Gustavo D. Aguirre, VMD, PhD, PhDhc
University of Pennsylvania School of Veterinary Medicine

Gustavo D. Aguirre, VMD, PhD, PhDhc

Gustavo D. Aguirre is Professor of Medical Genetics and Ophthalmology at the School of Veterinary Medicine, University of Pennsylvania, and works with dog models of inherited eye and retinal degeneration. His lab focuses on model identification, disease gene discovery, establishing disease metrics and defining molecular pathways linking the gene and mutation to the disease. Since 2000, his work has focused on developing gene-based and other therapies for translational applications.

His research has led to the proof of concept studies that AAV-mediated RPE65 gene therapy reversed a congenital blinding disorder of children, Leber congenital amaurosis. This then led to several clinical trials and eventual commercialization of the therapy. Two of his other gene therapy studies in the dog model are in Phase 3 clinical trials, and two others are in the IND enabling pathway.

Dr. Aguirre earned his undergraduate, veterinary, and doctoral degrees at the University of Pennsylvania, where he also completed a residency in ophthalmology before serving as a post-doctoral fellow at the Wilmer Ophthalmological Institute of the Johns Hopkins University School of Medicine. He joined the faculty at Penn in 1973, where he rose to hold joint professorial appointments in the Veterinary and Medical Schools. From 1992 to 2004, he was the Caspary Professor of Ophthalmology at the James A. Baker Institute of Cornell University, before returning to Penn in 2004. His work has been supported by the NIH, FFB and other organizations.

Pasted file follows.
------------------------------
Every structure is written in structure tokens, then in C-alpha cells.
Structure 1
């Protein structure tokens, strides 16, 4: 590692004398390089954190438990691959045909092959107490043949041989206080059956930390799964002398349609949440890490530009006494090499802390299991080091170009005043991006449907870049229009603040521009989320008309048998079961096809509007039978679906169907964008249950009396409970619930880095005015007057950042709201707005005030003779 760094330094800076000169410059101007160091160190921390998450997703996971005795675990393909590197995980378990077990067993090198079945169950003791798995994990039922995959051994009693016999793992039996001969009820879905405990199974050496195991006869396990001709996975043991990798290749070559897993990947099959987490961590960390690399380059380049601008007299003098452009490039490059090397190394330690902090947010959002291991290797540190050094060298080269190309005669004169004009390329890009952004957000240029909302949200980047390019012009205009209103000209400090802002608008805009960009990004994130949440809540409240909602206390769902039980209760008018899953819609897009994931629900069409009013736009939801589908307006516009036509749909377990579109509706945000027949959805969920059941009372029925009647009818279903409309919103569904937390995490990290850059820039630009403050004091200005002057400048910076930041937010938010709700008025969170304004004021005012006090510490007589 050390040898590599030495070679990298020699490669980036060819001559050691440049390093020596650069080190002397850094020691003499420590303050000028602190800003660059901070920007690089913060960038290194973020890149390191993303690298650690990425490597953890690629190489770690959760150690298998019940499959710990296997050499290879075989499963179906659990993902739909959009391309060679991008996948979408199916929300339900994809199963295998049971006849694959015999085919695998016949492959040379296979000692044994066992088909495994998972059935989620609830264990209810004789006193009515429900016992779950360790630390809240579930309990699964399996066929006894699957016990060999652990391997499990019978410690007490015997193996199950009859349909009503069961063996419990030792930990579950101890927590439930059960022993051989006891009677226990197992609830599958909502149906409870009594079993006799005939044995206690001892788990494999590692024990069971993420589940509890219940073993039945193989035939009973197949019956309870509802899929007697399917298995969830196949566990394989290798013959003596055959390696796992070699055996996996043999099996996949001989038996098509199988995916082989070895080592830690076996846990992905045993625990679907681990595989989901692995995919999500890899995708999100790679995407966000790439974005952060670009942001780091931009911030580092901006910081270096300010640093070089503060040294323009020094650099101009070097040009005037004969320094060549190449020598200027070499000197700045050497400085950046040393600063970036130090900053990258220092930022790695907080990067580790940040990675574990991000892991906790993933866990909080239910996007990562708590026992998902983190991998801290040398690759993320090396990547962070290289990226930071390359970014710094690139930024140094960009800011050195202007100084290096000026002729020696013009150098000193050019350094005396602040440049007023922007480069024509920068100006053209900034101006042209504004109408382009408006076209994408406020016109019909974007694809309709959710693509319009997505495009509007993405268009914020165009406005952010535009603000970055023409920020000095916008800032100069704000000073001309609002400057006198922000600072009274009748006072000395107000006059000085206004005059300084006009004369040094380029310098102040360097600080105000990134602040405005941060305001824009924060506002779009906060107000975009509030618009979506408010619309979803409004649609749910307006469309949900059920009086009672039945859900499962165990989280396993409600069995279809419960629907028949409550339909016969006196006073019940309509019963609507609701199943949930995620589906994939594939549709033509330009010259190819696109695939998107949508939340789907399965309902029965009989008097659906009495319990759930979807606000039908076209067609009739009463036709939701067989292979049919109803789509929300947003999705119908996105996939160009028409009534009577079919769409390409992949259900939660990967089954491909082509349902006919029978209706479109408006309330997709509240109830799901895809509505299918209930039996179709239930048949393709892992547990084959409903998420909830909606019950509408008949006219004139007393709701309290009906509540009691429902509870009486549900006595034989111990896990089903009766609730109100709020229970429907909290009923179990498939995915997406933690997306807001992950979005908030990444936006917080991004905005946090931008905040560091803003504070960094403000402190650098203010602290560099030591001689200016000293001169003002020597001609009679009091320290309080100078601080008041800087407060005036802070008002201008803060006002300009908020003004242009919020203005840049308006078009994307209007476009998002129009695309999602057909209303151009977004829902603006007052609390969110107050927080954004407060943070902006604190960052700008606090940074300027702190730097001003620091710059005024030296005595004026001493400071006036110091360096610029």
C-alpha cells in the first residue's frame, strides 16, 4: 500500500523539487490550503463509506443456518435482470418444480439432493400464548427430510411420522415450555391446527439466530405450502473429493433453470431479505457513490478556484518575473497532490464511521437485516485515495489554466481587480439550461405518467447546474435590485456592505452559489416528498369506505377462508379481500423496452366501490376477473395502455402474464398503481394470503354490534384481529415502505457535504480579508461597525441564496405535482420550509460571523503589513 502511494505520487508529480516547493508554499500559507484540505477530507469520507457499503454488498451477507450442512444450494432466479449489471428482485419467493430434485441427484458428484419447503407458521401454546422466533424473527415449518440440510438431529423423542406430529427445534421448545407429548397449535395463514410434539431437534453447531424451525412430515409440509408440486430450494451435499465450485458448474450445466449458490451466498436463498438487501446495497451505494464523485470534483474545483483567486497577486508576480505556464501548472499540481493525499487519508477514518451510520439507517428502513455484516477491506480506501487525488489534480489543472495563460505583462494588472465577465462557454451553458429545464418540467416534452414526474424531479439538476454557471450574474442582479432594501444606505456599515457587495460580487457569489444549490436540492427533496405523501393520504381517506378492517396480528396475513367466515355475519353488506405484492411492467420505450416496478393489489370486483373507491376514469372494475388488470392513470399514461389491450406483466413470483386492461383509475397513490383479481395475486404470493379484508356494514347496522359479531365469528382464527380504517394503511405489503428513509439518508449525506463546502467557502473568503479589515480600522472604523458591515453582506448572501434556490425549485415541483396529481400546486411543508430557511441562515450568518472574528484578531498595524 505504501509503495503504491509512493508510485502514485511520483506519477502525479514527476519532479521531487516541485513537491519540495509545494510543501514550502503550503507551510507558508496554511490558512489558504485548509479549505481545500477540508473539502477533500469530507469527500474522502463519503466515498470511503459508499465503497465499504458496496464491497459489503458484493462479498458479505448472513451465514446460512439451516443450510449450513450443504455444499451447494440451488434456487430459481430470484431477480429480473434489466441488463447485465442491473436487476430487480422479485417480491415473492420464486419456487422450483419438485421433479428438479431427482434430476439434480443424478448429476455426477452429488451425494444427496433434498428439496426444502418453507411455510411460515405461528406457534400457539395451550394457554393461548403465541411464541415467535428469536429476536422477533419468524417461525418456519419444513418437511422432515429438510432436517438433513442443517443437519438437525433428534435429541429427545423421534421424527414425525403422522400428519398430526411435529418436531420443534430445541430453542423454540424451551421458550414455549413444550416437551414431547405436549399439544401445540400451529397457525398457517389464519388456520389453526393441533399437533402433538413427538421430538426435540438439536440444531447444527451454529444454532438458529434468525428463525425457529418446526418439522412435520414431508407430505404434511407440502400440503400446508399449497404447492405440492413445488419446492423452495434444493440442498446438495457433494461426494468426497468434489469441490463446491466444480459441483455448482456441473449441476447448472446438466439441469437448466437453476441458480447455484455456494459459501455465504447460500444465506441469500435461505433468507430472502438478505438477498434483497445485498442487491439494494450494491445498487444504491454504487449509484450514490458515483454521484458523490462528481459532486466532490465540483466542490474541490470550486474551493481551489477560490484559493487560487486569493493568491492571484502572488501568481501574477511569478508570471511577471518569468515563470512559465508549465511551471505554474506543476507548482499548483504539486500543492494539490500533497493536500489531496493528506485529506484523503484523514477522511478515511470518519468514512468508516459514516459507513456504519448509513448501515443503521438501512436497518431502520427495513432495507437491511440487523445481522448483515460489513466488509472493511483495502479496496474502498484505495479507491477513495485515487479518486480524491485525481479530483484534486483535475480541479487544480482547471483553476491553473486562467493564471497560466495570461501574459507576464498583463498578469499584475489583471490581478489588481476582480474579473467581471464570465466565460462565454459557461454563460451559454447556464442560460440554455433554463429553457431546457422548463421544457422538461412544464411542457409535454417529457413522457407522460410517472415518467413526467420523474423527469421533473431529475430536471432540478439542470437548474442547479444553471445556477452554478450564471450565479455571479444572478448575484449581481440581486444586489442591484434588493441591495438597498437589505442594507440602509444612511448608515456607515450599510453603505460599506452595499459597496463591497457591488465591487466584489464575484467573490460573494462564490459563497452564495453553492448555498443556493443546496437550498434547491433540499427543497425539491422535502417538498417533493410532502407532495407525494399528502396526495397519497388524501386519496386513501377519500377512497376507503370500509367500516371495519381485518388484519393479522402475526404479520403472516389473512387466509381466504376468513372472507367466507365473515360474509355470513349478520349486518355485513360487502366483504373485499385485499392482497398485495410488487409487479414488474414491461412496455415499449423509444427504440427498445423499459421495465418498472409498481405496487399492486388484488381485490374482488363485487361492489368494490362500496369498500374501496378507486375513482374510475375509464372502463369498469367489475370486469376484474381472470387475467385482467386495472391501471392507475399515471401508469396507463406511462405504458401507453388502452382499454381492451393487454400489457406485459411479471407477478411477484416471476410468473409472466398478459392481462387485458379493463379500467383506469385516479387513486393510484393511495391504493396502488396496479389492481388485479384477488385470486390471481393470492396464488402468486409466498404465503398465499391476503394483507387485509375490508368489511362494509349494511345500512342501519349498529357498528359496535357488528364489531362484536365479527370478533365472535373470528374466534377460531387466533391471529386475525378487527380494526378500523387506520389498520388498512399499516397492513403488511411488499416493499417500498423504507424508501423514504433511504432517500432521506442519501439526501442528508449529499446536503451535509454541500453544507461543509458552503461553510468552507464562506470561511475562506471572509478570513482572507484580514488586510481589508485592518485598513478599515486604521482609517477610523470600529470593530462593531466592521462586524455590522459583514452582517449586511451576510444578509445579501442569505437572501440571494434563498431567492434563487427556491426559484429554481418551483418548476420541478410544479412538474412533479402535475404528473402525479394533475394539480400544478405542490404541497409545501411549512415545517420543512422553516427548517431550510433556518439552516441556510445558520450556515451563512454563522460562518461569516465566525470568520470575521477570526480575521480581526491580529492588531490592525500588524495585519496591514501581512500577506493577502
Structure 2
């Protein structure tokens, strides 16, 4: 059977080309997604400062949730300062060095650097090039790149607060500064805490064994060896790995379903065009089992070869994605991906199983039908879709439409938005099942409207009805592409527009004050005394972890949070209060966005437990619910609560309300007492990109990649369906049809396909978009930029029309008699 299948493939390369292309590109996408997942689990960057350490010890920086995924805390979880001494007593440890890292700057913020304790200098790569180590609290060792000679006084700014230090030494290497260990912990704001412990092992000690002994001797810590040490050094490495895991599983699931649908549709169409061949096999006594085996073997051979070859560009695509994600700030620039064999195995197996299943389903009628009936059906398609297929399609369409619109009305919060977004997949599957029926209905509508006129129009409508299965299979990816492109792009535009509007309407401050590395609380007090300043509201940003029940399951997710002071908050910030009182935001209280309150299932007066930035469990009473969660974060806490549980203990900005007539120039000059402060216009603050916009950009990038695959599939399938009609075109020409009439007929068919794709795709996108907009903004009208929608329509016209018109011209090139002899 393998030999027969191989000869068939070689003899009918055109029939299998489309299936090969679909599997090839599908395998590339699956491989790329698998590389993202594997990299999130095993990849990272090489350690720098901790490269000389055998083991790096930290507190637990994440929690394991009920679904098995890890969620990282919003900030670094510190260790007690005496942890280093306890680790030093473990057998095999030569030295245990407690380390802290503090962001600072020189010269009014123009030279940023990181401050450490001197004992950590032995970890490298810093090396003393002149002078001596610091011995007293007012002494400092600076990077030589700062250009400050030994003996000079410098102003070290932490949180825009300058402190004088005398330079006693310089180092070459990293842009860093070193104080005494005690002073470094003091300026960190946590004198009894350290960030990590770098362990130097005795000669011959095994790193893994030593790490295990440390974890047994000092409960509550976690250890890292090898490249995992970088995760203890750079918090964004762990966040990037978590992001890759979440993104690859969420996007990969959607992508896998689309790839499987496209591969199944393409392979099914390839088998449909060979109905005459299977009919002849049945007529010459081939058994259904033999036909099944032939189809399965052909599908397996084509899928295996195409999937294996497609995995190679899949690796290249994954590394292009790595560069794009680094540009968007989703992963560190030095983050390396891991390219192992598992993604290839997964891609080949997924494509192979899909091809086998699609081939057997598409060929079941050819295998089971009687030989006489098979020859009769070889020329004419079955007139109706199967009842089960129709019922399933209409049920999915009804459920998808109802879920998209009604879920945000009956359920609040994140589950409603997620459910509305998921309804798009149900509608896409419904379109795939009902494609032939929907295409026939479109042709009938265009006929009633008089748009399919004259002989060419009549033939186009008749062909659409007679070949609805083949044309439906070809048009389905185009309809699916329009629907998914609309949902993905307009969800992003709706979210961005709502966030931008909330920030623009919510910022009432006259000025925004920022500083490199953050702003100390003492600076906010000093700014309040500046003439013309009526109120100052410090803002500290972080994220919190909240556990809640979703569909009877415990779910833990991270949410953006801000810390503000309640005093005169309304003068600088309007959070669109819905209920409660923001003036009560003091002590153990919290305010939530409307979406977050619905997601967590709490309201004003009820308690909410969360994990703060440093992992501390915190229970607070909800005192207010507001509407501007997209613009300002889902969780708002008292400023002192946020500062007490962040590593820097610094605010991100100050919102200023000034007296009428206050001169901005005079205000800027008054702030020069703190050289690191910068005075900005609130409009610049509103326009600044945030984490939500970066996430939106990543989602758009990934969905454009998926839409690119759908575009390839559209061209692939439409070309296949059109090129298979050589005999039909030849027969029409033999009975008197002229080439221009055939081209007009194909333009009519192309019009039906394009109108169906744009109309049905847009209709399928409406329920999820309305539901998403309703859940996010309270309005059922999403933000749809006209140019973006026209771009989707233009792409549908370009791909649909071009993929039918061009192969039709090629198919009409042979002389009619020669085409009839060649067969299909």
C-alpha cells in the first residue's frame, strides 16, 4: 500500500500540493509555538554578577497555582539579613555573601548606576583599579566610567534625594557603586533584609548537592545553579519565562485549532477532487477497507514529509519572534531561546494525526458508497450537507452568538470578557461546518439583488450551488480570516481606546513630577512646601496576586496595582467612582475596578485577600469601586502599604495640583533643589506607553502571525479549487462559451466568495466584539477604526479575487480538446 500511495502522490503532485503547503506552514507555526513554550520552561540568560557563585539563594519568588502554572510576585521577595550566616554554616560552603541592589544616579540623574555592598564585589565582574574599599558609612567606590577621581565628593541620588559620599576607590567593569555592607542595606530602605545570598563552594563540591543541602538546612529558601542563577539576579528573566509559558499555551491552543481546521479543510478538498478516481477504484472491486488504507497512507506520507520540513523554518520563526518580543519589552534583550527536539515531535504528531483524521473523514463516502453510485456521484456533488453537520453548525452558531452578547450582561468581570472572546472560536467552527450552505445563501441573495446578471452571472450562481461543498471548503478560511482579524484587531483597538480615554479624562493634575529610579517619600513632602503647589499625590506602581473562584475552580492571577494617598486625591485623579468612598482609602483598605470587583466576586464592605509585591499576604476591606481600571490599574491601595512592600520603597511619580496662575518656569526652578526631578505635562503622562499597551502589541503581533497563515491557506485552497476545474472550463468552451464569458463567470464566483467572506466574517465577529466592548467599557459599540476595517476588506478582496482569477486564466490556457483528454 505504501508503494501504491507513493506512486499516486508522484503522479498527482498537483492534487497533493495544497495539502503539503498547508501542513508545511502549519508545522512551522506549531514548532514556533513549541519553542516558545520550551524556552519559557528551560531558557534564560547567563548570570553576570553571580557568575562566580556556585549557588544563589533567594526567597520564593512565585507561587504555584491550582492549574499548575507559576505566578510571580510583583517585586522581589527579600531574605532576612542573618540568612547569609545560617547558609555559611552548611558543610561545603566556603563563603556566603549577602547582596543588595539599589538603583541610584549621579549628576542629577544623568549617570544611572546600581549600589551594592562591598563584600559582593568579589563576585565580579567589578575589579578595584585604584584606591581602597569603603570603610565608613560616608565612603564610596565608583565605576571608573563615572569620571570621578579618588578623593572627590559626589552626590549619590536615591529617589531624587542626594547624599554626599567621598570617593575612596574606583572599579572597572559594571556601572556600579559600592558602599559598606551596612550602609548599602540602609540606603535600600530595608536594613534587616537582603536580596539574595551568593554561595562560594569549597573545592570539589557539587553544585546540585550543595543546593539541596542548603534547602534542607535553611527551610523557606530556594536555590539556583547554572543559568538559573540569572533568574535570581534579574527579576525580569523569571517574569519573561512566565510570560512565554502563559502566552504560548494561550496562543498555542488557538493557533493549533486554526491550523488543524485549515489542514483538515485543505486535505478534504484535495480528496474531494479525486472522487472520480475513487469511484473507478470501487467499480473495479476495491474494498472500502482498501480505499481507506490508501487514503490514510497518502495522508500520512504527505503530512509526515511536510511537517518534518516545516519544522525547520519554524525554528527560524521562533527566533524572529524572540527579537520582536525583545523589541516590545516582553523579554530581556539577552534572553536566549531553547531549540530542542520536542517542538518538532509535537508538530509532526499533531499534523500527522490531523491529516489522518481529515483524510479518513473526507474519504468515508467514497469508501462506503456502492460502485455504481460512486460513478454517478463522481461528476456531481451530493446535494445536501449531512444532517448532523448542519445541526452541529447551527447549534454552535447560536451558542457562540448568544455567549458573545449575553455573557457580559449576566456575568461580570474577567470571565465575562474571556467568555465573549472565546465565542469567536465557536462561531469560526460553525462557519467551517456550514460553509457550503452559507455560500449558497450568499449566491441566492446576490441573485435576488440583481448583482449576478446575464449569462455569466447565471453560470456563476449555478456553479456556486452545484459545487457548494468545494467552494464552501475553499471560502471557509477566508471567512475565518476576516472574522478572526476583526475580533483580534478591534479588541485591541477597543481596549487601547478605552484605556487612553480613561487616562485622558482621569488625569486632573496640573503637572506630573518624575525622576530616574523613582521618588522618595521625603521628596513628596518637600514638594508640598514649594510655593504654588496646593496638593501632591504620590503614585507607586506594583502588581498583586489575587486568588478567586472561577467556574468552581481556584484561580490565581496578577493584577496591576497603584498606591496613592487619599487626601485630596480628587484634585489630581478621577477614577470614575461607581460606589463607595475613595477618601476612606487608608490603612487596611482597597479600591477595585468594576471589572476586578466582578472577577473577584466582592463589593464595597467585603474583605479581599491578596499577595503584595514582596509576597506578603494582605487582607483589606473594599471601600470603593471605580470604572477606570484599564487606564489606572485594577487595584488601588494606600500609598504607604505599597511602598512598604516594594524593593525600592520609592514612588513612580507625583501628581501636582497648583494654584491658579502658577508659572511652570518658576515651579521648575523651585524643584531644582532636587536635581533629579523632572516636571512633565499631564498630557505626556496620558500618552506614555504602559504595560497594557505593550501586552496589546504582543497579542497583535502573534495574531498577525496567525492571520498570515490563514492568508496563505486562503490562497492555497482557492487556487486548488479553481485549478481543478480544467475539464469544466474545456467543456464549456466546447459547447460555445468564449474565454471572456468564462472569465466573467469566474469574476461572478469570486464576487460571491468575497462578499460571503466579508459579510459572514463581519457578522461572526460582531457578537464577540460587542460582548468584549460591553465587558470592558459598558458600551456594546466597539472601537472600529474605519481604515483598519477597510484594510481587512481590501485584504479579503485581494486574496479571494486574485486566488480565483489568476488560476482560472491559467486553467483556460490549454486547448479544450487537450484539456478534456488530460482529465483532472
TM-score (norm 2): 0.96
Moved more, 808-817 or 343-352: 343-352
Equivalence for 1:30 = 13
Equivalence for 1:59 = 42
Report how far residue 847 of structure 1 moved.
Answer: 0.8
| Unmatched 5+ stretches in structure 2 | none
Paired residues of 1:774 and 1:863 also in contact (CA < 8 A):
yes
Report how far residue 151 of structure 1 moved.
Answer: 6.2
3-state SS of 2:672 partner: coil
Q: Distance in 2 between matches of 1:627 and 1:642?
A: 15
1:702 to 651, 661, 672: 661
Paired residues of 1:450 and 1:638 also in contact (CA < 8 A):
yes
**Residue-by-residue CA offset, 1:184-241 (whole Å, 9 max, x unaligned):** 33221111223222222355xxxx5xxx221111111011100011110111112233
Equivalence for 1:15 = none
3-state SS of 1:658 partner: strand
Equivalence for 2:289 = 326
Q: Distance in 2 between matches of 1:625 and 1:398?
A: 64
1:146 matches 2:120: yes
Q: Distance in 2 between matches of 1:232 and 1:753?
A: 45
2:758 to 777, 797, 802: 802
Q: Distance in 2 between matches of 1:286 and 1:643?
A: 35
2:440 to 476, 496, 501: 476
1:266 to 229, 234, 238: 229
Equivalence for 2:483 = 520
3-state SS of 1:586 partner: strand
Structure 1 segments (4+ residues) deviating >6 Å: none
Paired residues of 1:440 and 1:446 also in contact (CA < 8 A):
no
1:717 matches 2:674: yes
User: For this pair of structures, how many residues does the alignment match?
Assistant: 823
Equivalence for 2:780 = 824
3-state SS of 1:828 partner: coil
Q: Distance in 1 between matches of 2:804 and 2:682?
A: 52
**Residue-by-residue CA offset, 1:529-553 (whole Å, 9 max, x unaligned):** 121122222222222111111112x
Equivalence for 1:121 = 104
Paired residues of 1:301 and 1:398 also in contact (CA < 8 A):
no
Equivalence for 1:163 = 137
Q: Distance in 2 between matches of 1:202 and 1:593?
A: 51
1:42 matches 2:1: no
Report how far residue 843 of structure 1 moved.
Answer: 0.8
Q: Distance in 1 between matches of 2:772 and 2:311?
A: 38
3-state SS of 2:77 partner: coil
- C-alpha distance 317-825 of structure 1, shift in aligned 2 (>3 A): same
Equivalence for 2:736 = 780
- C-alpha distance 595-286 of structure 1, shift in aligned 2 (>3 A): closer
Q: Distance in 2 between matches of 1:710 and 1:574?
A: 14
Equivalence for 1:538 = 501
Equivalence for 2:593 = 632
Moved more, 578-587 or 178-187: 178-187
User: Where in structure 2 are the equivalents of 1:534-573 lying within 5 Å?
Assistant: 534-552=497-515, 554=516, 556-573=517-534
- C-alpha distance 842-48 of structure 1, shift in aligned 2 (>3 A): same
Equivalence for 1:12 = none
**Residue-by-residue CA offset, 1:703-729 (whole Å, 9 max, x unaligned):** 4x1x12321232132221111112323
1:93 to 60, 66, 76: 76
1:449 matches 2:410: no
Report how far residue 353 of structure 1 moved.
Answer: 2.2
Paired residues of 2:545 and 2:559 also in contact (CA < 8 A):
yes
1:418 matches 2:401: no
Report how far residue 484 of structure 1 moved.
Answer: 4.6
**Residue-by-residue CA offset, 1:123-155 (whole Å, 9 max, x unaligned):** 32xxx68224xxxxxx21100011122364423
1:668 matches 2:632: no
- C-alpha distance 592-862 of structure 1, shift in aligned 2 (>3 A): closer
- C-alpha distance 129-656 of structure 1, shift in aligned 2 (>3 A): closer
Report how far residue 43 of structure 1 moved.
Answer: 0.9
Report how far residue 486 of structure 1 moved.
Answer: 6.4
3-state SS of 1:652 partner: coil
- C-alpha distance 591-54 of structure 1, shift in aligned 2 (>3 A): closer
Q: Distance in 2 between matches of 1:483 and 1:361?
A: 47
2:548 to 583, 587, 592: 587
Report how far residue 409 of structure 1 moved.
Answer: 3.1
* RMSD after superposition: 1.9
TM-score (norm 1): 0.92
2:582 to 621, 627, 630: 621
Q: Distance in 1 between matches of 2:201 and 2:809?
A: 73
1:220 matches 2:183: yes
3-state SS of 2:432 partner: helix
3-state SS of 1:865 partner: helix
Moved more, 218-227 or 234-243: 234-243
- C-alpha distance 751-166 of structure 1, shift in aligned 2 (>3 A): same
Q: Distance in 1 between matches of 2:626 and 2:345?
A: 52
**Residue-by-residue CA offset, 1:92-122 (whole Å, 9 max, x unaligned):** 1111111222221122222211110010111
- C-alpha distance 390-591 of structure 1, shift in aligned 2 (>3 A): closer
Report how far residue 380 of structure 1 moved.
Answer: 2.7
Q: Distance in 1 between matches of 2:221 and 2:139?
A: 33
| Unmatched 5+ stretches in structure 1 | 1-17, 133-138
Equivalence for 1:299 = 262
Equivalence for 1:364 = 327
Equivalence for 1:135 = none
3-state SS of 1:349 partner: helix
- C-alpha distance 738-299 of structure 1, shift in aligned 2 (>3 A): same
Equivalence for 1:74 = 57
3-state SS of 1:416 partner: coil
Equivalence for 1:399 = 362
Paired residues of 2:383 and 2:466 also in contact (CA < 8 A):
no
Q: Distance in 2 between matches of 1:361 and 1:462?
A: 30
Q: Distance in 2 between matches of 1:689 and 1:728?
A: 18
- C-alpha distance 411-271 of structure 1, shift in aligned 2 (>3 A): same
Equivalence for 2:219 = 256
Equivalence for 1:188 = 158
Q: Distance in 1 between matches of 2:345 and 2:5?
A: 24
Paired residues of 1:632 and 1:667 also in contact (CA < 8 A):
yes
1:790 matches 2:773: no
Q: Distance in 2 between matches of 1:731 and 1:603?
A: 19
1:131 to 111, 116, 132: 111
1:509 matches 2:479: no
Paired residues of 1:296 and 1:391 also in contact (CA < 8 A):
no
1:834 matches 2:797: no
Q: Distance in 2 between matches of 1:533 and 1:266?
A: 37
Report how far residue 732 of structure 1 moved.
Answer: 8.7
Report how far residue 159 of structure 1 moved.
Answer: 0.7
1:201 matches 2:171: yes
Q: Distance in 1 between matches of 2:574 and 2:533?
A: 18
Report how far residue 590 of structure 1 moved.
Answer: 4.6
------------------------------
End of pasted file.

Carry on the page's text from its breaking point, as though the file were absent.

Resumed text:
Dr. Aguirre has received numerous awards, among which are an honorary Doctor of Philosophy degree from the Faculty of Mathematics and Natural Sciences, University of Göteborg, Sweden, The Foundation Fighting Blindness Trustee Award, Scientist of the Year, Heart SightMiami/Foundation Fighting Blindness Award, O.N.C.E. International Prize for R&D in Biomedicine and New Technologies for the Blind, the Alcon Research Institute Award, the Louis Braille Special Recognition Award from Associated Services for the Blind and Visually Impaired, and he was a co-recipient of the 2004 Paul Kayser International Award in Retina Research. In 2017, he received the Proctor Medal from the Association for Research in Vision and Ophthalmology for outstanding research in basic or clinical sciences as applied to ophthalmology, and in 2020, he was co-recipient of the Sanford and Sue Greenberg Prize to End Blindness.

He is a Fellow of the Association for Research in Vision and Ophthalmology, the College of Physicians of Philadelphia, the American Association for the Advancement of Science, and he has been a member of The National Academy of Medicine since 2012.